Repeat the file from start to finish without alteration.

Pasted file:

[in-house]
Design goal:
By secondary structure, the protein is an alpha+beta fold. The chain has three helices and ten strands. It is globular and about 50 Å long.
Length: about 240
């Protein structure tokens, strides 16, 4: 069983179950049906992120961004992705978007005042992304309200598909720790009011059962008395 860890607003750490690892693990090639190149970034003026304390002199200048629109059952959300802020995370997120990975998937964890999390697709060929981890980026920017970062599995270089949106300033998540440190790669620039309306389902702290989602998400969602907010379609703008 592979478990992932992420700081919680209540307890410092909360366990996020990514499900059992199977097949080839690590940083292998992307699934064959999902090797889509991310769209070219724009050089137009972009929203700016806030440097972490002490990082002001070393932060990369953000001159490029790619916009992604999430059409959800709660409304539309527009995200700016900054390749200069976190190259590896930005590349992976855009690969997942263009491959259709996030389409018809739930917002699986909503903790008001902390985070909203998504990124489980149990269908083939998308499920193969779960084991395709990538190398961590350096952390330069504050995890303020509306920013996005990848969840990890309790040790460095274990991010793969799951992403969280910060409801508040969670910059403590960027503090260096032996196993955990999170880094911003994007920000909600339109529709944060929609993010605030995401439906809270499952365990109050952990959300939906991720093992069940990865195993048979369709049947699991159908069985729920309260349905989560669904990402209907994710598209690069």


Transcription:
[in-house]
Design goal:
By secondary structure, the protein is an alpha+beta fold. The chain has three helices and ten strands. It is globular and about 50 Å long.
Length: about 240
């Protein structure tokens, strides 16, 4: 069983179950049906992120961004992705978007005042992304309200598909720790009011059962008395 860890607003750490690892693990090639190149970034003026304390002199200048629109059952959300802020995370997120990975998937964890999390697709060929981890980026920017970062599995270089949106300033998540440190790669620039309306389902702290989602998400969602907010379609703008 592979478990992932992420700081919680209540307890410092909360366990996020990514499900059992199977097949080839690590940083292998992307699934064959999902090797889509991310769209070219724009050089137009972009929203700016806030440097972490002490990082002001070393932060990369953000001159490029790619916009992604999430059409959800709660409304539309527009995200700016900054390749200069976190190259590896930005590349992976855009690969997942263009491959259709996030389409018809739930917002699986909503903790008001902390985070909203998504990124489980149990269908083939998308499920193969779960084991395709990538190398961590350096952390330069504050995890303020509306920013996005990848969840990890309790040790460095274990991010793969799951992403969280910060409801508040969670910059403590960027503090260096032996196993955990999170880094911003994007920000909600339109529709944060929609993010605030995401439906809270499952365990109050952990959300939906991720093992069940990865195993048979369709049947699991159908069985729920309260349905989560669904990402209907994710598209690069």